Education and Counseling for Individuals Affected by Autism Spectrum Disorders


How to Help Socially-Awkward Children on the Autism Spectrum

“I am the mother of a 10 year old daughter with high functioning autism, recently diagnosed. My question: my daughter is very socially isolated most of the time, by her choosing. Is this a trait of HFA? Is it something I should address? In other words, should I try to get her to be more engaged with others her age? She has basically has no friends at this point.”

Children with Asperger’s (AS) and High-Functioning Autism (HFA) are often socially isolated, but are not unaware of the presence of others, even though their approaches may be inappropriate or peculiar (e.g., they may start a long, one-sided conversation about a favorite subject).

Even though AS and HFA children are often self-described "loners," they often express a great interest in making friends. These wishes are invariably thwarted by their awkward approaches and unintentional insensitivity to other's feelings, intentions, and nonliteral and implied communications (e.g., signs of boredom, haste to leave, excessive need for privacy, etc.). These children are often keen (sometimes painfully so) to relate to others, but lack the skills to successfully engage them. Chronically frustrated by their repeated failures to engage others and make friends, some of these kids simply give up and stop trying to be social, preferring to play by themselves.

Regarding the emotional aspects of social transactions, children on the autism spectrum may react inappropriately to – or fail to accurately interpret – the context of a social interaction, often conveying a sense of insensitivity, formality, or disregard to the emotional expressions of others. Even though they may be able to describe correctly – in a cognitive and formalistic way – people’s emotions, expected intentions and social conventions, they are unable to act on this knowledge in an intuitive and spontaneous way. As a result, they often lose the tempo of the social interaction. Poor intuition and a lack of natural, spontaneous responses during interactions are accompanied by marked reliance on formalistic rules of behavior and rigid social conventions. This combination is largely responsible for the impression of social naiveté and behavioral rigidity in AS and HFA children.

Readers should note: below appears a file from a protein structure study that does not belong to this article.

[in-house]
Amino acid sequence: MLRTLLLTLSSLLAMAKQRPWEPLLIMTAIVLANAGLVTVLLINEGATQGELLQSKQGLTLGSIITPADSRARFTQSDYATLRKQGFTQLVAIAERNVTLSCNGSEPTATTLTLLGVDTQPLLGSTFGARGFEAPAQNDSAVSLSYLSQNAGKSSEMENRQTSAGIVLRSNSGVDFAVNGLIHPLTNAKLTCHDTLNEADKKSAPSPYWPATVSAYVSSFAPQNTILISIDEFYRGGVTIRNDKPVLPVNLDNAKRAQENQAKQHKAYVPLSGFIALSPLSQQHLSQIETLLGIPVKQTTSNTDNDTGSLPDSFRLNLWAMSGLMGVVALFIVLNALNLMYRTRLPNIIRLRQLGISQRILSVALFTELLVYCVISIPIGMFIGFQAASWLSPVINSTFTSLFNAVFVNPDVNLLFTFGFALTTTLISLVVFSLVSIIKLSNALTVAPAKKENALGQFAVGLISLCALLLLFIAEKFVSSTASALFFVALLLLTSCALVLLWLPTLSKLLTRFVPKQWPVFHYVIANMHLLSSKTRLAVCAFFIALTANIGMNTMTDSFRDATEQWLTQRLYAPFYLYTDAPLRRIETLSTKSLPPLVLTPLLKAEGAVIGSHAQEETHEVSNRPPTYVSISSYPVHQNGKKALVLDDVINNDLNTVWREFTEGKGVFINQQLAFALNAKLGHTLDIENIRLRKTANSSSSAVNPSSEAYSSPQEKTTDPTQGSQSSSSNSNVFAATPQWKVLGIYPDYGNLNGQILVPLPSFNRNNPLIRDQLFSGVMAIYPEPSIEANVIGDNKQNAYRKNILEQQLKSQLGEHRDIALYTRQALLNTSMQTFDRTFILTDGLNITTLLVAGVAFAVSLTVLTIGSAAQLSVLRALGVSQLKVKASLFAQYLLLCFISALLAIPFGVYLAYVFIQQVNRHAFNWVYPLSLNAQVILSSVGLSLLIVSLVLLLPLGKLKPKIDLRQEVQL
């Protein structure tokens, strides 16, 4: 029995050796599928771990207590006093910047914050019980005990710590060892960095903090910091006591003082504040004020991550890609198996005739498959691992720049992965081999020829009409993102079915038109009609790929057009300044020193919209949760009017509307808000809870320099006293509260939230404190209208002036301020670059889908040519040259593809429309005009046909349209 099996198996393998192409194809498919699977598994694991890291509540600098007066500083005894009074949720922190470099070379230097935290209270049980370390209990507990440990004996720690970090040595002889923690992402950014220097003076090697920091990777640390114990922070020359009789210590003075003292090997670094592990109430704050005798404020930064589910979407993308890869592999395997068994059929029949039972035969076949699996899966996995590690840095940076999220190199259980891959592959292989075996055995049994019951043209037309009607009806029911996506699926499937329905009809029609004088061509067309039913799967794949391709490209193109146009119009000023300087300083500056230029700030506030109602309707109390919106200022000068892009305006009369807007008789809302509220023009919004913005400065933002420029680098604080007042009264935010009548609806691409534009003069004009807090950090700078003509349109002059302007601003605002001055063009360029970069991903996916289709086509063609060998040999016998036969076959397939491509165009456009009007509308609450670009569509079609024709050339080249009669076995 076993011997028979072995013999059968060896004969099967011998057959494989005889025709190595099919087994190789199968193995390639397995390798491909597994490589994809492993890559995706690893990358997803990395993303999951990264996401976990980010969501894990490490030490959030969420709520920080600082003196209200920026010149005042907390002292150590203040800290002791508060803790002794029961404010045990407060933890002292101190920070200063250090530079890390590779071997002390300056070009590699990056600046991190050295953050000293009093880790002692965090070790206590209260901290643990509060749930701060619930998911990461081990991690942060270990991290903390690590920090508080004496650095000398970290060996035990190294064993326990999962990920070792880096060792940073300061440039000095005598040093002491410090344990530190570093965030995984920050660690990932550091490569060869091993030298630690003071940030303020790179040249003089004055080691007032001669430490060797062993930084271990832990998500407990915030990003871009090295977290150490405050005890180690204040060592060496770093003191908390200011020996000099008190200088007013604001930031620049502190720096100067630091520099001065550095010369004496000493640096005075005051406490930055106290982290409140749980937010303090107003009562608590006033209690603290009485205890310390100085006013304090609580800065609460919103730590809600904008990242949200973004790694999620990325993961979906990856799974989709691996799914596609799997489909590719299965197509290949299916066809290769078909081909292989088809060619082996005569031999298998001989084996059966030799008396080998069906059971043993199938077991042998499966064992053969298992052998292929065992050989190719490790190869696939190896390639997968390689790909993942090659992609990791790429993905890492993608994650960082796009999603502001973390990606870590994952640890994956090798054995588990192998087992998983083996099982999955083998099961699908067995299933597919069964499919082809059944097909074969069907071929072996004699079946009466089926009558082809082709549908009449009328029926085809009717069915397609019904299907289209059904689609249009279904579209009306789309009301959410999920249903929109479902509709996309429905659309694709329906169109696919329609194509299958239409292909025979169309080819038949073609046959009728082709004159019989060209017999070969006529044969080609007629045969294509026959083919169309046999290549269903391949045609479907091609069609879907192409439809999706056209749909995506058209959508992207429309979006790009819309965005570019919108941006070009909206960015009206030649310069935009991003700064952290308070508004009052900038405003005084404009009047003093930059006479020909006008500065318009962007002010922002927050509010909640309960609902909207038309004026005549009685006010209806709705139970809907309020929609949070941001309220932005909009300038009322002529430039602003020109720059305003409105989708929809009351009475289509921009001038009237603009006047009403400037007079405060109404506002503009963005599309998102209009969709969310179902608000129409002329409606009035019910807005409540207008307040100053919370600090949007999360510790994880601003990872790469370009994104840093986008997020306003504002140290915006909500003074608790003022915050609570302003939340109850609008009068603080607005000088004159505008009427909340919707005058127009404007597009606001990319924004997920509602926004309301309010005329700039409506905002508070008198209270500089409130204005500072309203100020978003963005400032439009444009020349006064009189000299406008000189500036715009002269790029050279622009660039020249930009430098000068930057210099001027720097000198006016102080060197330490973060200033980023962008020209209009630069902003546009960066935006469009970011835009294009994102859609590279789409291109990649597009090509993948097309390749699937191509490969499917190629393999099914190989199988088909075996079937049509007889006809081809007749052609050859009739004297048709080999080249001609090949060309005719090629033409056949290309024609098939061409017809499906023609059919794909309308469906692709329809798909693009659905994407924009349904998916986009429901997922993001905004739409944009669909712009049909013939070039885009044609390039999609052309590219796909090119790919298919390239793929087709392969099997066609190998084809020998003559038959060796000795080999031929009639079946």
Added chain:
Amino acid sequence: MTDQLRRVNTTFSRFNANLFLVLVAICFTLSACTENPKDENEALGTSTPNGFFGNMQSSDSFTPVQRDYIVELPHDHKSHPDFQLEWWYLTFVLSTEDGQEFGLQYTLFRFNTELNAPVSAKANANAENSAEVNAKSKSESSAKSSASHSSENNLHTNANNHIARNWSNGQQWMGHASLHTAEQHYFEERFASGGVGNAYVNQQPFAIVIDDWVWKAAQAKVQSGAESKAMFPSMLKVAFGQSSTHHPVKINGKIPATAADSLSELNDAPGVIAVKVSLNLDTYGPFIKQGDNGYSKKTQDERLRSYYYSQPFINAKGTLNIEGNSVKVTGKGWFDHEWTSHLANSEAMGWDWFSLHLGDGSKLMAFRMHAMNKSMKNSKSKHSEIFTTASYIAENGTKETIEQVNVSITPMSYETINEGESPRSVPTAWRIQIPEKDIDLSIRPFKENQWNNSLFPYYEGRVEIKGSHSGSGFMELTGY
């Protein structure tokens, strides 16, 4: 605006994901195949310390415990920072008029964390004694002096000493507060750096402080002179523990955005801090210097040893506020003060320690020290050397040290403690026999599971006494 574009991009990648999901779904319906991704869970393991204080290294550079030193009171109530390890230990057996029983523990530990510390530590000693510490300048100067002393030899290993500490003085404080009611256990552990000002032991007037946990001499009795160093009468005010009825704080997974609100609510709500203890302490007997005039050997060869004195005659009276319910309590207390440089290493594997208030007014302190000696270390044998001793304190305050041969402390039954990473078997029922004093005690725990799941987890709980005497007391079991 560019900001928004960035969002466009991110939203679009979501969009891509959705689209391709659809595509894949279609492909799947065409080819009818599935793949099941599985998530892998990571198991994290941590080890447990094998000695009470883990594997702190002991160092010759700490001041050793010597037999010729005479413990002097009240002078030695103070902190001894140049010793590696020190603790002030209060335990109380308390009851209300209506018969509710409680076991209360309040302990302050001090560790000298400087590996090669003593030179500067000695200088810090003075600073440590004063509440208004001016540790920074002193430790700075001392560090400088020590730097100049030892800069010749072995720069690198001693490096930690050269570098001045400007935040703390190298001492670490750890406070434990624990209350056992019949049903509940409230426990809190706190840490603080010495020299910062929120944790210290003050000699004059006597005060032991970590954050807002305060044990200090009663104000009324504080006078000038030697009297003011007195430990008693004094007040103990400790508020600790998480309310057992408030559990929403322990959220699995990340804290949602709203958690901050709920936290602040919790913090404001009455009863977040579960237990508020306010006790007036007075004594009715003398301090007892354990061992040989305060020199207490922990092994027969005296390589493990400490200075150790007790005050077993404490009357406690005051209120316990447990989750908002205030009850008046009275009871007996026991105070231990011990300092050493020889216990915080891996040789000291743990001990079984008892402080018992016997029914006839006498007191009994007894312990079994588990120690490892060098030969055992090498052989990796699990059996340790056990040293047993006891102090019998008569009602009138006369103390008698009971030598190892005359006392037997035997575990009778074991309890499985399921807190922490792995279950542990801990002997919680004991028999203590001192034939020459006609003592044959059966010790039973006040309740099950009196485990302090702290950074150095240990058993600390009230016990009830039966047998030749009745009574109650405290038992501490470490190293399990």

If your daughter doesn’t know how to successfully engage in social interactions, then this is definitely something to be concerned about. And the sooner you address the matter – the better.  "Social skills training" is the best approach here, which is a general term for instruction conducted in (behavioral) areas that promotes more productive and positive interaction with others. It is imperative that parents teach social skills to their “special needs” child if he or she is, at present, unable to make or keep friendships. A social skills training program might include (among other things):
  • acceptable ways to resolve conflict with others
  • accepting the consequences of one's behavior
  • approaching others in social acceptable ways
  • appropriate classroom behavior 
  • asking for permission rather than acting
  • attending to task
  • better ways to handle frustration/anger 
  • counting to 10 before reacting
  • distracting oneself to a pleasurable task
  • following directions
  • learning an internal dialog to cool oneself down and reflect upon the best course of action
  • listening
  • making and keeping friends
  • manners and positive interaction with others 
  • seeking attention properly
  • seeking the assistance of the teacher or conflict resolution team
  • sharing toys/materials
  • using words instead of physical contact
  • work habits/academic survival skills

As with the teaching of any subject, begin social skills training with the prerequisite skills (e.g., how to start a conversation), and then move on to the more advanced ones (e.g., how to make eye contact and look interested in what the other person is saying).

Teaching Social Skills and Emotion Management

1 comment:

Lucy Goodwin said...

I found that my Aspergers son, never made friends at school until a while after his diagnosis, the bullies were dealt with, the teachers made aware and even more so until he found interests outside of school like scouts and cadets, he has even found things he is really good at too since he started these clubs

My child has been rejected by his peers, ridiculed and bullied !!!

Social rejection has devastating effects in many areas of functioning. Because the Aspergers child tends to internalize how others treat him, rejection damages self-esteem and often causes anxiety and depression. As the child feels worse about himself and becomes more anxious and depressed – he performs worse, socially and intellectually.

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